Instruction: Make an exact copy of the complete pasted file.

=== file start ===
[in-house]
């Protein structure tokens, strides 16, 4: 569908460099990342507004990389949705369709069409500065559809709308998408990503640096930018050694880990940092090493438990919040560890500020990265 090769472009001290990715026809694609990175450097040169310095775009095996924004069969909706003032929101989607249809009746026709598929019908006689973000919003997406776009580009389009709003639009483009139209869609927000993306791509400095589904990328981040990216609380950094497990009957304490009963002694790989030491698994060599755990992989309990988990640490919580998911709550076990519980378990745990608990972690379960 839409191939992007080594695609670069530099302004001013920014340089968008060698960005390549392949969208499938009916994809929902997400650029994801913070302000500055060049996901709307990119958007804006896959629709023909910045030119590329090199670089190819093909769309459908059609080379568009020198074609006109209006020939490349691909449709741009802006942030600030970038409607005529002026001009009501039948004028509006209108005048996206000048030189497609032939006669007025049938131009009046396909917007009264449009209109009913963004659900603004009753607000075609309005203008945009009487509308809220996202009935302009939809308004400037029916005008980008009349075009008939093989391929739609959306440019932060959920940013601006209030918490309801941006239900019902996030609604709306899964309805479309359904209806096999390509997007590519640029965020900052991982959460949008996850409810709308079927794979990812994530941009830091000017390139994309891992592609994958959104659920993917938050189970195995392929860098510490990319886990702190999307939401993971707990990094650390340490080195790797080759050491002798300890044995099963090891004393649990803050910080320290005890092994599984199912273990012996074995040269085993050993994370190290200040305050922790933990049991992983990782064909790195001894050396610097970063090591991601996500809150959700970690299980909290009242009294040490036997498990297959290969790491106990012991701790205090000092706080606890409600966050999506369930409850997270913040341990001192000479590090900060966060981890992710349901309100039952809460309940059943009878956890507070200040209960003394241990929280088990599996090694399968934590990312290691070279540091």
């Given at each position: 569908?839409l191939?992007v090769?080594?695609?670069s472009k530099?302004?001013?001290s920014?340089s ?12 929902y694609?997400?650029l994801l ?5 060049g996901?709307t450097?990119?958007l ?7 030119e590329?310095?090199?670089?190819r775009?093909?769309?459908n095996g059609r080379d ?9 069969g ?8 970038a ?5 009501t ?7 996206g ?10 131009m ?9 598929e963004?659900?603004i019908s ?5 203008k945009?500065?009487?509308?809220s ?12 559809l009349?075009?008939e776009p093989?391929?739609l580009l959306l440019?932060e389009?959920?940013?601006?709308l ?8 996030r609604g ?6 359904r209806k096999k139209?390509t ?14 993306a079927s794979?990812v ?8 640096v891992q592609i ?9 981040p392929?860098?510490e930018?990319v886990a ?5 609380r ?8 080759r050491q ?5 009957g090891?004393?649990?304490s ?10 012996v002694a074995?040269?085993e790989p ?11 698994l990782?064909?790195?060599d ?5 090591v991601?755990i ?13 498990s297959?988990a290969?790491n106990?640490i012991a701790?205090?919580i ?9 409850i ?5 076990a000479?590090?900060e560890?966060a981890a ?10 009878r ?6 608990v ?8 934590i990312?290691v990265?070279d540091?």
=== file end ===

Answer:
[in-house]
């Protein structure tokens, strides 16, 4: 569908460099990342507004990389949705369709069409500065559809709308998408990503640096930018050694880990940092090493438990919040560890500020990265 090769472009001290990715026809694609990175450097040169310095775009095996924004069969909706003032929101989607249809009746026709598929019908006689973000919003997406776009580009389009709003639009483009139209869609927000993306791509400095589904990328981040990216609380950094497990009957304490009963002694790989030491698994060599755990992989309990988990640490919580998911709550076990519980378990745990608990972690379960 839409191939992007080594695609670069530099302004001013920014340089968008060698960005390549392949969208499938009916994809929902997400650029994801913070302000500055060049996901709307990119958007804006896959629709023909910045030119590329090199670089190819093909769309459908059609080379568009020198074609006109209006020939490349691909449709741009802006942030600030970038409607005529002026001009009501039948004028509006209108005048996206000048030189497609032939006669007025049938131009009046396909917007009264449009209109009913963004659900603004009753607000075609309005203008945009009487509308809220996202009935302009939809308004400037029916005008980008009349075009008939093989391929739609959306440019932060959920940013601006209030918490309801941006239900019902996030609604709306899964309805479309359904209806096999390509997007590519640029965020900052991982959460949008996850409810709308079927794979990812994530941009830091000017390139994309891992592609994958959104659920993917938050189970195995392929860098510490990319886990702190999307939401993971707990990094650390340490080195790797080759050491002798300890044995099963090891004393649990803050910080320290005890092994599984199912273990012996074995040269085993050993994370190290200040305050922790933990049991992983990782064909790195001894050396610097970063090591991601996500809150959700970690299980909290009242009294040490036997498990297959290969790491106990012991701790205090000092706080606890409600966050999506369930409850997270913040341990001192000479590090900060966060981890992710349901309100039952809460309940059943009878956890507070200040209960003394241990929280088990599996090694399968934590990312290691070279540091």
């Given at each position: 569908?839409l191939?992007v090769?080594?695609?670069s472009k530099?302004?001013?001290s920014?340089s ?12 929902y694609?997400?650029l994801l ?5 060049g996901?709307t450097?990119?958007l ?7 030119e590329?310095?090199?670089?190819r775009?093909?769309?459908n095996g059609r080379d ?9 069969g ?8 970038a ?5 009501t ?7 996206g ?10 131009m ?9 598929e963004?659900?603004i019908s ?5 203008k945009?500065?009487?509308?809220s ?12 559809l009349?075009?008939e776009p093989?391929?739609l580009l959306l440019?932060e389009?959920?940013?601006?709308l ?8 996030r609604g ?6 359904r209806k096999k139209?390509t ?14 993306a079927s794979?990812v ?8 640096v891992q592609i ?9 981040p392929?860098?510490e930018?990319v886990a ?5 609380r ?8 080759r050491q ?5 009957g090891?004393?649990?304490s ?10 012996v002694a074995?040269?085993e790989p ?11 698994l990782?064909?790195?060599d ?5 090591v991601?755990i ?13 498990s297959?988990a290969?790491n106990?640490i012991a701790?205090?919580i ?9 409850i ?5 076990a000479?590090?900060e560890?966060a981890a ?10 009878r ?6 608990v ?8 934590i990312?290691v990265?070279d540091?």